The researchers and the classroom teacher collaborated in developing the task for students to complete. The classroom teacher communicated that studying the African-American Civil Rights movement would be beneficial and appropriate for his students and suggested the use of a news article writing project as the culminating project for the unit. After this consultation, the researchers developed a student-centered activity that asked students to assume the role of reporters for their school newspaper. The thirty-fifth anniversary of the Selma March was approaching, and they were to write newspaper articles that reported on this historic event.
The teacher reported that his primary pedagogical technique prior to the study consisted of asking students to relate their understanding of individual historical events in terms of their causes and effects. That is, he did not teach historical events in isolation. Instead, he emphasized the connections between events that tied them together. In addition to regular classroom activities and discussions, the classroom teacher frequently assigned projects to his students. These projects included models, skits, debates, oral presentations, and reports. However, he had not previously had these students complete a newspaper-style writing activity.
Additionally, neither the teacher nor the students had prior experience using a specific information-skills model to solve information-based problems. The students had little prior exposure to the events of the African-American Civil Rights movement. Both the activity and the content of the unit were unfamiliar to the students prior to the start of the study. Due to the limited library collection on the topic and the complexity of the content surrounding the Selma March, the researcher provided tools and resources for students to use while completing their project activity. These included Big6 training materials as well as the multimedia CD-ROM database DP and are described in the following paragraphs.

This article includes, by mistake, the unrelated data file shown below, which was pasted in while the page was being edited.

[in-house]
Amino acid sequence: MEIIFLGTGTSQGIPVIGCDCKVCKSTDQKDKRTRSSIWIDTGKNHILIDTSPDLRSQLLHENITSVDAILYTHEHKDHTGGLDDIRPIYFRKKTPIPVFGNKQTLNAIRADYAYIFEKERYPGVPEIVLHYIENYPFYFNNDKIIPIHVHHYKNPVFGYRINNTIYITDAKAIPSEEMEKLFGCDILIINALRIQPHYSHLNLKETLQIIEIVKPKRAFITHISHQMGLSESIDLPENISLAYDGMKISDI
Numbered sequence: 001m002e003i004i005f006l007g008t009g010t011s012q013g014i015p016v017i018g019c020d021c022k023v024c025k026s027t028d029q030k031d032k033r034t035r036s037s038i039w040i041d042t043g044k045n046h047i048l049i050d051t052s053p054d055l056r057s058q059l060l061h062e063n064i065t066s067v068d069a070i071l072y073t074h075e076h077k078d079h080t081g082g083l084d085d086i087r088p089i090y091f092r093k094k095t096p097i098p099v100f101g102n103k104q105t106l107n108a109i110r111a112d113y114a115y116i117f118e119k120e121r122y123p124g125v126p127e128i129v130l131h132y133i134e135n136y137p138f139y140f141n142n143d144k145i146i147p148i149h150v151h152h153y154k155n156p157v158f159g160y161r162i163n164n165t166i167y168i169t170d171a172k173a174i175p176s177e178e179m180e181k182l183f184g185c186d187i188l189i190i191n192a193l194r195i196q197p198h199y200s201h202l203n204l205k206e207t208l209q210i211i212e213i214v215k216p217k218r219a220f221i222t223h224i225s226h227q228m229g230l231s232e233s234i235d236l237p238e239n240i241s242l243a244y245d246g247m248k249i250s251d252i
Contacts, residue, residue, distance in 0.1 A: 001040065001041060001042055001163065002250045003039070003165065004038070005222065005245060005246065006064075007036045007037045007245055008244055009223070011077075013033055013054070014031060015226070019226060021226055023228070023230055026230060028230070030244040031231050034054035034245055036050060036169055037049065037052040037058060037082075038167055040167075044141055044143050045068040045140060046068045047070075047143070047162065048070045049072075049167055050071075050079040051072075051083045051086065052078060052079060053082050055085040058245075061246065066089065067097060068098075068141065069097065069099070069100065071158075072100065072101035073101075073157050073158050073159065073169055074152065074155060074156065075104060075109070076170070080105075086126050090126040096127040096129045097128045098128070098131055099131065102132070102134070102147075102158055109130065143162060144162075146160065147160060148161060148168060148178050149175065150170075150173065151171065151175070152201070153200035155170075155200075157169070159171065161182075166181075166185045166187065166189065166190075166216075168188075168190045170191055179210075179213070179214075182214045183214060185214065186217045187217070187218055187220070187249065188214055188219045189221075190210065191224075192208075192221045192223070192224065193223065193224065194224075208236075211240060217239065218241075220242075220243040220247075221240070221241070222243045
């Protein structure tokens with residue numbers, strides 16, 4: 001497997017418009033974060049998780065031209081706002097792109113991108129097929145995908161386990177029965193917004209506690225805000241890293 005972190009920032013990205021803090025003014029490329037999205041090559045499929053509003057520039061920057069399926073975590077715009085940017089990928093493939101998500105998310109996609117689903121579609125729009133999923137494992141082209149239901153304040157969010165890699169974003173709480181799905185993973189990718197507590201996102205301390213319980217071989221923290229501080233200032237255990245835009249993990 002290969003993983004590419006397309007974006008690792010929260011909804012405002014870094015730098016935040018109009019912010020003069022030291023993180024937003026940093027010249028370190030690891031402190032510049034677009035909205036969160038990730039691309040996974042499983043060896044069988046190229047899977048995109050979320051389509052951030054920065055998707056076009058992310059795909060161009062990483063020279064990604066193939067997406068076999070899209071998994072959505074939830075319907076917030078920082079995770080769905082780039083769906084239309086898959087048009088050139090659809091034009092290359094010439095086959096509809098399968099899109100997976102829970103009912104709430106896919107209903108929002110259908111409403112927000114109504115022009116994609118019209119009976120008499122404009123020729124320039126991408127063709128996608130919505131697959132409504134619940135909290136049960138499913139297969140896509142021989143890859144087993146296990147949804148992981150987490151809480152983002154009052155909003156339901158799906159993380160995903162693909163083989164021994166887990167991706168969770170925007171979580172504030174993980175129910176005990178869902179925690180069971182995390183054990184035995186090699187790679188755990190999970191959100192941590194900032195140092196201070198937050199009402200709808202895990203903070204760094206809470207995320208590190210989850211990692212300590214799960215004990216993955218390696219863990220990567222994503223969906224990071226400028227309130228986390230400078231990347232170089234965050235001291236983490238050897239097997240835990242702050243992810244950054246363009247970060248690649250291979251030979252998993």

Big6 Training Materials and ActivityThe students were provided an introduction to the Big6 processes in a workshop format. They were provided a packet that described in detail each step of Big6. Additionally, students were given a content-neutral information problem to solve utilizing the steps of Big6. Each student was also provided a packet of materials that was designed to guide them through the steps of Big6 as they related to the news article writing activity. This packet included the detailed assignment the students were to complete as well as milestones for each step toward completion of the activity. figure 2). figure 3). The prompts were designed to support students in their discovery of the information needed for newspaper articles: people involved, goals of the people involved, causes of this event, description of what happened, opinions and quotes in favor of and opposed to this event.
A journal tool within the DP environment also provided a metacognitive scaffold for students. This tool supported self-regulatory activities such as reflection on work completed and planning future research activities (Hannafin, Land, and Oliver 1999). Each journal entry had specific sections that prompted students to summarize their progress, describe any problems or successes they might have had, and describe their plan for research activities they would need to complete during the next class session (see figure 4).
The study was conducted over twelve eighty-five-minute class sessions. To acclimate herself, one of the researchers sat in on regular classroom activities for one week prior to the beginning of the study. During this week the researcher administered a simple fifteen-item multiple-choice pretest to the students. Analysis of the pretest scores revealed that the students had virtually no prior knowledge of events related to the Selma March. Upon completion of the pretest, an introductory activity was conducted in order to orient students to the DP database. The activity consisted of a short scavenger hunt using the DP software that asked students to locate a variety of different types of information sources as well as to make entries in to the electronic log.